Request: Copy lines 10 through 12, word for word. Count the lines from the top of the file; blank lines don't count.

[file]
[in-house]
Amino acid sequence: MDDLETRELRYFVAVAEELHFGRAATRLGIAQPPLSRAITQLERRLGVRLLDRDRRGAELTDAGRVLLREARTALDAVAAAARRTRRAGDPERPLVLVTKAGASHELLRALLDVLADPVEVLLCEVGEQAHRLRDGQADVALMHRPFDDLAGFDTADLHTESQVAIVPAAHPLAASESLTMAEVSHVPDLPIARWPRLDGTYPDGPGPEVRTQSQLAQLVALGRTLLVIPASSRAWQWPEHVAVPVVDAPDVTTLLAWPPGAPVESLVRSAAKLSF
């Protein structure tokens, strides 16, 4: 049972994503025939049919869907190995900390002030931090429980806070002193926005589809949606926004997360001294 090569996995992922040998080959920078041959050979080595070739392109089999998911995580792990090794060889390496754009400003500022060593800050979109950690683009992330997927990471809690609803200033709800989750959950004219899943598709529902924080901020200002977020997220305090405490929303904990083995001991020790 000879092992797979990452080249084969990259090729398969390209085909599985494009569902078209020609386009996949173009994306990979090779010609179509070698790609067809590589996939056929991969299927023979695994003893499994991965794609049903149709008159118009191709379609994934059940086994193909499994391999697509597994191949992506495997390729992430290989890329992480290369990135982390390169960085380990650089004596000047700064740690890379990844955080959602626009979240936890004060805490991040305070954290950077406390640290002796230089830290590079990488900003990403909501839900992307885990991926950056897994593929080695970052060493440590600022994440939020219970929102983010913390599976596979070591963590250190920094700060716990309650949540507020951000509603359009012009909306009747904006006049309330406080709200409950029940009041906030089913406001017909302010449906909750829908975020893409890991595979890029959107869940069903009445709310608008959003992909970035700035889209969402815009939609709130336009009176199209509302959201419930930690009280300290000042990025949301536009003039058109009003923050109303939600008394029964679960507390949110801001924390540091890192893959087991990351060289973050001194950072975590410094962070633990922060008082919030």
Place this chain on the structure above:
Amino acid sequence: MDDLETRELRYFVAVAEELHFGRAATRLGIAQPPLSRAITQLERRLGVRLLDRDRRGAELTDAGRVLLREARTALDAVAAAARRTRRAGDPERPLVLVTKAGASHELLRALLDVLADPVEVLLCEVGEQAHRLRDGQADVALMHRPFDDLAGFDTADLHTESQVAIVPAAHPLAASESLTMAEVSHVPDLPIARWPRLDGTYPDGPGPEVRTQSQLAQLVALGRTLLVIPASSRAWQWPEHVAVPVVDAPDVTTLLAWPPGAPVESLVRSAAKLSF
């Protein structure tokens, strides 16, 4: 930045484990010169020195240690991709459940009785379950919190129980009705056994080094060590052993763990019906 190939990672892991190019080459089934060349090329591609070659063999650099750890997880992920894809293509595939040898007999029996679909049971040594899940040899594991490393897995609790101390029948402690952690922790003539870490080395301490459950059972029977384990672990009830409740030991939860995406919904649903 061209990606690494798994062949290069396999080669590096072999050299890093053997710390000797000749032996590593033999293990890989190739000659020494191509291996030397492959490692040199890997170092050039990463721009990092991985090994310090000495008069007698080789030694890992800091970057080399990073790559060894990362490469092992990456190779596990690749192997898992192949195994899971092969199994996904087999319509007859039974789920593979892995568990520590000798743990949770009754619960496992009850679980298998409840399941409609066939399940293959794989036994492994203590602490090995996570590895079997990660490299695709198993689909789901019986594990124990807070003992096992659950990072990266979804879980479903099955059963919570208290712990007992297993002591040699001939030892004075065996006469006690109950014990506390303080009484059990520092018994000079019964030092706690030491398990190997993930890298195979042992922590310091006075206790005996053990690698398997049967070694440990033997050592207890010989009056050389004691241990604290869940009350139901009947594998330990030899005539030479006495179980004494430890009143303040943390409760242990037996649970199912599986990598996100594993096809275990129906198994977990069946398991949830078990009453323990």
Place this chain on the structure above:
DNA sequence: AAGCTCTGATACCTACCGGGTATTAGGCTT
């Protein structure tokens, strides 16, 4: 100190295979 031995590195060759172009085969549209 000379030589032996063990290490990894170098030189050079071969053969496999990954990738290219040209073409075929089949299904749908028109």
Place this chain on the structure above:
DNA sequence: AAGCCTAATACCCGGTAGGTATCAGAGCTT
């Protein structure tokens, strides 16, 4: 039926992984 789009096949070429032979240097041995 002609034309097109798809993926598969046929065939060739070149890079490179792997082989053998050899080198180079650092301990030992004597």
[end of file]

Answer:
Place this chain on the structure above:
DNA sequence: AAGCCTAATACCCGGTAGGTATCAGAGCTT
């Protein structure tokens, strides 16, 4: 039926992984 789009096949070429032979240097041995 002609034309097109798809993926598969046929065939060739070149890079490179792997082989053998050899080198180079650092301990030992004597």